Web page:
Alfreda Carmichael served for 10 years in the Unites States Marine Corps and now works as a vocational rehabilitation evaluator for the North Carolina State Department. She holds two undergraduate degrees from Ohio State University, in Criminal Justice and African American Studies, and a Master of Arts in Mental Health Counseling from Webster University.
In her current position, she is responsible for determining the vocational potential and abilities of persons with disabilities. She also administers, scores, and interprets an extensive variety of vocational interests, achievements, and psychological tests. Alfreda analyzes medical, psychological, socio-economic, vocational and educational information to develop formal plans tailored to each client she serves.
During her military career, Alfreda traveled the world and interacted with different cultures. Now back in the United States, she lists the high points of her career as co-authoring a chapter in a published book and writing her own journal. She adds that the most difficult challenge she’s faced was experiencing trauma during military combat.
Alfreda’s extensive community service includes positions as Chi Sigma Iota president-elect for the Argosy University, Washington, D.C. chapter. She’s also president of Montford Point Marine Association Chapter 10, a veterans’ organization. Alfreda assists children who were neglected or abused through her work with Guardian Ad Litem for Onslow County, North Carolina. She’s also a member of the American Counseling Association and is a counselor for at-risk children at St. Julia afterschool enrichment program.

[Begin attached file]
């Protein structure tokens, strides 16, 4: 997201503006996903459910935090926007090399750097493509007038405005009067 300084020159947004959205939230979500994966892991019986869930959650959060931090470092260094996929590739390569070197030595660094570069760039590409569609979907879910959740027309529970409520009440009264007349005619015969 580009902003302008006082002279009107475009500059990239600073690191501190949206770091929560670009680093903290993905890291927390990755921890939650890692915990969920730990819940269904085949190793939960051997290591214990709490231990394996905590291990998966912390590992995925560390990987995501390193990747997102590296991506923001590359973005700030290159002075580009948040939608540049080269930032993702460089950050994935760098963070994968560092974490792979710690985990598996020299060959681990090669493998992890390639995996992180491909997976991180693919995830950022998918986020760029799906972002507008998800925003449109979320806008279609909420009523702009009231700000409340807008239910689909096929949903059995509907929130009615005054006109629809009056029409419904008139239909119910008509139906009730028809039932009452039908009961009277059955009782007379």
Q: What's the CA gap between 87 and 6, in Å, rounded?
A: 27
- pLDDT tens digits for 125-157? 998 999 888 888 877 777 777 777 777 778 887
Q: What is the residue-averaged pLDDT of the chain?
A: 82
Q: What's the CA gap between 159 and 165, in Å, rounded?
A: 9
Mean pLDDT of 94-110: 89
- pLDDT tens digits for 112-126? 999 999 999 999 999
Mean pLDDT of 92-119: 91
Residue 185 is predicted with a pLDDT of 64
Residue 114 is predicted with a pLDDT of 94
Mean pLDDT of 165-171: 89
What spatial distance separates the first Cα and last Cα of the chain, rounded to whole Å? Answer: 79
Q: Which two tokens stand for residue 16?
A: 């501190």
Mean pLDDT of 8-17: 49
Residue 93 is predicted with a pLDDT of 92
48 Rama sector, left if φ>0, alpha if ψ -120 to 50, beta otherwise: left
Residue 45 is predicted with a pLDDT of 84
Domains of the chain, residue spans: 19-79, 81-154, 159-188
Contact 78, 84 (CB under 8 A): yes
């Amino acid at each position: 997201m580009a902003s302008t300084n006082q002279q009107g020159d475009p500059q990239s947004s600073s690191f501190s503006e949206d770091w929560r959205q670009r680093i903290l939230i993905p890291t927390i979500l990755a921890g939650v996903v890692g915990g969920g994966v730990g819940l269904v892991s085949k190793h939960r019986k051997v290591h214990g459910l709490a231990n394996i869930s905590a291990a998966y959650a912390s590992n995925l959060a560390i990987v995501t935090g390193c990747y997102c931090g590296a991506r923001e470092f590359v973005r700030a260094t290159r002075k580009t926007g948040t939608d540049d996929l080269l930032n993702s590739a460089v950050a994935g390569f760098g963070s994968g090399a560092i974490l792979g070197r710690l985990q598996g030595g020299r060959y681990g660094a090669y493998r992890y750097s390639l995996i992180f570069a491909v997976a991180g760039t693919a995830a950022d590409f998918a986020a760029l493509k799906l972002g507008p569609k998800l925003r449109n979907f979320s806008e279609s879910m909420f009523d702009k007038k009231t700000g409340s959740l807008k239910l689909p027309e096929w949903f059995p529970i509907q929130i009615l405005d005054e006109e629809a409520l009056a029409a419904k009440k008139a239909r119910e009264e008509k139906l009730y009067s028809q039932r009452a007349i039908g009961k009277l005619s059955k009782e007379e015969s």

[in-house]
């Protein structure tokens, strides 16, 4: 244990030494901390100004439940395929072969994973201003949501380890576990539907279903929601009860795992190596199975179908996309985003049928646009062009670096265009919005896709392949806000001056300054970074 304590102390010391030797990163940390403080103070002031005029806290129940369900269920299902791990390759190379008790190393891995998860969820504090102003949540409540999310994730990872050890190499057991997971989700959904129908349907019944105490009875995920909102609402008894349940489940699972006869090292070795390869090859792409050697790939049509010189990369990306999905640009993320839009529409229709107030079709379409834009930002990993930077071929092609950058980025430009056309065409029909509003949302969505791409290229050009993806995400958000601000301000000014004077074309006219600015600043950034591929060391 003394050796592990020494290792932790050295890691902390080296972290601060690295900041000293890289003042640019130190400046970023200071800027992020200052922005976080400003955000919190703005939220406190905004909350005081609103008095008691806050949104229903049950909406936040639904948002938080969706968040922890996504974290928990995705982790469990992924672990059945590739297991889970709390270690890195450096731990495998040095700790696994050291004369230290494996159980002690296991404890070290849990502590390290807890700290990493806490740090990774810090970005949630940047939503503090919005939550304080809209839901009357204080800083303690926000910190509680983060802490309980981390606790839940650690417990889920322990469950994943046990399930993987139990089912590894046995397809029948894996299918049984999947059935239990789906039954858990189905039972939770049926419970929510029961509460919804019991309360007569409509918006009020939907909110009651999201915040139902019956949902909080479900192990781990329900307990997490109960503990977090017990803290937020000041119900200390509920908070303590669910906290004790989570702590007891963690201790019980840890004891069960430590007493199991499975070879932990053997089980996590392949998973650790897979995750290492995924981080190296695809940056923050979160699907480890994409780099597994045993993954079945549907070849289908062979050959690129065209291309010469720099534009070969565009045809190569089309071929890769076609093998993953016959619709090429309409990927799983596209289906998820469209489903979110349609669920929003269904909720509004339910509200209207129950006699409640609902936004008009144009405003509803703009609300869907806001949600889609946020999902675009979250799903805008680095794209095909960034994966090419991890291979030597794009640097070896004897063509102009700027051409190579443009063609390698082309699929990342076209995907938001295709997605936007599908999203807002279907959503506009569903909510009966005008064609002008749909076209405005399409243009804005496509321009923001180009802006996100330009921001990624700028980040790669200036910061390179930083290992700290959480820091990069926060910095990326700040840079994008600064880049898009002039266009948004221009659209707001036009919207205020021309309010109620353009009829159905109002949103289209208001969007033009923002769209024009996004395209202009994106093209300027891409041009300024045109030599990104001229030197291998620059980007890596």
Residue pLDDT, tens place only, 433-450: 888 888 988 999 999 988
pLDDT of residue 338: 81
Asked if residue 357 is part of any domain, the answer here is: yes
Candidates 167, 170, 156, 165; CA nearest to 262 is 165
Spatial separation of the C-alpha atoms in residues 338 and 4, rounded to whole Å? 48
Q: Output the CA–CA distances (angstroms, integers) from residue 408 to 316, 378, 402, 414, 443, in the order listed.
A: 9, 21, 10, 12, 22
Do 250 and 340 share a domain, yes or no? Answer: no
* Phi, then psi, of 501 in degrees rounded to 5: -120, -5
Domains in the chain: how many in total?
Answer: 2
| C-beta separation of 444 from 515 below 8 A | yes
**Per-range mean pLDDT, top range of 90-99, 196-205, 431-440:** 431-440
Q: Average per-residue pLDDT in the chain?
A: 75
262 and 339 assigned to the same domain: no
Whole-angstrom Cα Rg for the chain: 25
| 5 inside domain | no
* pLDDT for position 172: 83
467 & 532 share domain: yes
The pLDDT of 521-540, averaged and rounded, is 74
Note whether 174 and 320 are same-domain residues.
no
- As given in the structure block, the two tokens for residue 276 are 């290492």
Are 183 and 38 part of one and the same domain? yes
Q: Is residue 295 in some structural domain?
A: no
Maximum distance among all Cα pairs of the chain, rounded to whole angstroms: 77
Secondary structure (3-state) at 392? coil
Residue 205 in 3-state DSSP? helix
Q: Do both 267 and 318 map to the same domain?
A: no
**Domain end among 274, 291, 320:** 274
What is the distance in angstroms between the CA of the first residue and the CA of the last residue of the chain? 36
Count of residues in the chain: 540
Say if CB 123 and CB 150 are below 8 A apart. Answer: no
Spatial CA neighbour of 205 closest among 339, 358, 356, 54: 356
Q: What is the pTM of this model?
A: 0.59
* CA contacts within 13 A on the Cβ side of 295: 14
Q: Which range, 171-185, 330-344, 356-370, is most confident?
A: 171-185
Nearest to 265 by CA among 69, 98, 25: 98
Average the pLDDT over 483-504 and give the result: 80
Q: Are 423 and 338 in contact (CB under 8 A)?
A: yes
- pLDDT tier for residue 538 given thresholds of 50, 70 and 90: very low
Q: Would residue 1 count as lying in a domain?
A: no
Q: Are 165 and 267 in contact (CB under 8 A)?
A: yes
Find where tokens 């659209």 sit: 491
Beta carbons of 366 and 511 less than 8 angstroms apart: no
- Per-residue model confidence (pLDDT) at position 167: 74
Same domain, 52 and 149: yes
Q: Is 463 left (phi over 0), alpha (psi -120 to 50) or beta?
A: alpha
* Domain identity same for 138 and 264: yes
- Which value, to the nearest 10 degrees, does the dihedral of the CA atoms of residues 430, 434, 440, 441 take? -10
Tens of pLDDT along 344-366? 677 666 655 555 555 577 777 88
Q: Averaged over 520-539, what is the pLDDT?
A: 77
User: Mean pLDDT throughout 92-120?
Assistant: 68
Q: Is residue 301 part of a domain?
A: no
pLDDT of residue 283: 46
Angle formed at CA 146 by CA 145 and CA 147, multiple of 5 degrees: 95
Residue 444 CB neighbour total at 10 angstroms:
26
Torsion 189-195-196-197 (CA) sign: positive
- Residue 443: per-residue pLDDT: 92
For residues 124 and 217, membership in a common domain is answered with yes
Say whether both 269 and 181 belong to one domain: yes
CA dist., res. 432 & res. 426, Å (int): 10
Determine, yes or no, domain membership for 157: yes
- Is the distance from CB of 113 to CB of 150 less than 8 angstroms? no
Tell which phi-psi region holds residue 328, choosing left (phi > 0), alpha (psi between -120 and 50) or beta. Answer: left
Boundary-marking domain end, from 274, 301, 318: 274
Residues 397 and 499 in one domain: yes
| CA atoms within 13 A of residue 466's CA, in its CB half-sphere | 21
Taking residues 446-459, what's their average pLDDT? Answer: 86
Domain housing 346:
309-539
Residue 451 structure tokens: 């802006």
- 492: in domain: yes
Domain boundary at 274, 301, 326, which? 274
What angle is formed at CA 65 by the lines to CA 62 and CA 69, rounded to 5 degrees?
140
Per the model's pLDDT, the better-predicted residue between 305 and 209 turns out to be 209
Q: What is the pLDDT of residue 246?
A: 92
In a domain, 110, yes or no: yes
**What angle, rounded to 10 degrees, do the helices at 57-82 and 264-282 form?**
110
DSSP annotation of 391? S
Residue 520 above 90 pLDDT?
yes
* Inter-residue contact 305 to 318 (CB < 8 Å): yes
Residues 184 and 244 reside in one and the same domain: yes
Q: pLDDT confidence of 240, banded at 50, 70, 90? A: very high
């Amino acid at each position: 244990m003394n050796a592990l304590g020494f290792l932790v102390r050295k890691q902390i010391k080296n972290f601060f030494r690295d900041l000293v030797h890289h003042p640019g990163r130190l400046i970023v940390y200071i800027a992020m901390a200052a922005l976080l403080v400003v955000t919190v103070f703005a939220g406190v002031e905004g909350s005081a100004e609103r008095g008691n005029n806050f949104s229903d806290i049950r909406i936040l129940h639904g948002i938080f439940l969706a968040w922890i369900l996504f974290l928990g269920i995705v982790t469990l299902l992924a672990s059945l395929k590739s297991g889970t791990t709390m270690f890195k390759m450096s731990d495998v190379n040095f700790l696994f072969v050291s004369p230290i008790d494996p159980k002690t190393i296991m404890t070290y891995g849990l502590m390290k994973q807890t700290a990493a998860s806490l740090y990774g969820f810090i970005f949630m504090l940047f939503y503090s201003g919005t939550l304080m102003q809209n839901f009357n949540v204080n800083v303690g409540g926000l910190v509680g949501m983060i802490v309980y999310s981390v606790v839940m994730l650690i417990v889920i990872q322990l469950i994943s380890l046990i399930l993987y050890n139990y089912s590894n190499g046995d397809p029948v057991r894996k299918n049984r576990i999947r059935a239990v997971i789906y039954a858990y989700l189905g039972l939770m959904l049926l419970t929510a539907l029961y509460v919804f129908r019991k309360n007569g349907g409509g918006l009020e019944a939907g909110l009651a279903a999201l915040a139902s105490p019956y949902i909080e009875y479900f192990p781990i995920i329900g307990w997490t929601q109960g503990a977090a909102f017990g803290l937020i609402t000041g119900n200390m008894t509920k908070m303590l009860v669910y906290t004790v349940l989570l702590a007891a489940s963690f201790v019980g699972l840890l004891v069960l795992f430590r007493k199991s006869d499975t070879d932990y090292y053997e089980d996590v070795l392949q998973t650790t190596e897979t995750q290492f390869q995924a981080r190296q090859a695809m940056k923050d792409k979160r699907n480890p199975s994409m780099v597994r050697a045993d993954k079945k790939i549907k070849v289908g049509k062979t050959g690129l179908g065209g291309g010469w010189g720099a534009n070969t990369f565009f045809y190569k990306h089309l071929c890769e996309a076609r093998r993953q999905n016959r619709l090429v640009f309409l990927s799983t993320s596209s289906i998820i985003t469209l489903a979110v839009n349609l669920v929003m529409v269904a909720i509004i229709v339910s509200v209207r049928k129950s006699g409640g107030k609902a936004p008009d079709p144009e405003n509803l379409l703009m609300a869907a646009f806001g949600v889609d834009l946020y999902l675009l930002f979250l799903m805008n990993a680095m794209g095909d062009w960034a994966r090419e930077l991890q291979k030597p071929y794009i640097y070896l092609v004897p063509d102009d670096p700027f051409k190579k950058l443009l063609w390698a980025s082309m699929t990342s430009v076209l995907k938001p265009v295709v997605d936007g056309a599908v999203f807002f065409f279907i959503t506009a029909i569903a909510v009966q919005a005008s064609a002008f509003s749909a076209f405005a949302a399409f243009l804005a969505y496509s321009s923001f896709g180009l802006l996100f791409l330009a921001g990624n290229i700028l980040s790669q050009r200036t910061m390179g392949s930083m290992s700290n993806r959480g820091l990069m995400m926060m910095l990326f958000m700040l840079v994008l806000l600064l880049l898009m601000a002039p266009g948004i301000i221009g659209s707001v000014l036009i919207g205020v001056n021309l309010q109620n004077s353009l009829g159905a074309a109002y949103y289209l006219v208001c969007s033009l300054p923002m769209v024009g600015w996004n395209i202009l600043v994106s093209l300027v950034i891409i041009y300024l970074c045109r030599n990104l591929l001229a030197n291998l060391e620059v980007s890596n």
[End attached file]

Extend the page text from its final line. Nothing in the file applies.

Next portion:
Alfreda, a candidate for graduation in 2016, is working toward a Doctor of Education in Counselor Education & Supervision from Argosy University, Washington, D.C. She chose the program because two of her graduate school instructors had attended Argosy University and spoke highly of the Doctor of Education program. “Once I'd interviewed and met the staff [at Argosy University, Washington, DC], I knew this was the university for me,” she says.
Alfreda helped to pay for her education by using the GI Bill® benefits she earned while in the military. She adds that her educational experience helped her to feel more comfortable and confident about herself. “Although I am a student, the faculty make me feel comfortable to ask questions and to seek guidance. The professors expect more out of their students and provided us with real life experience.”
She recommends that veterans and active military who are planning to return to school prepare their families for a change. “[There will be] late night studying. Although you’re not deploying or going away, staying focused on your studies, like you would in a deployment, will get you through it.”
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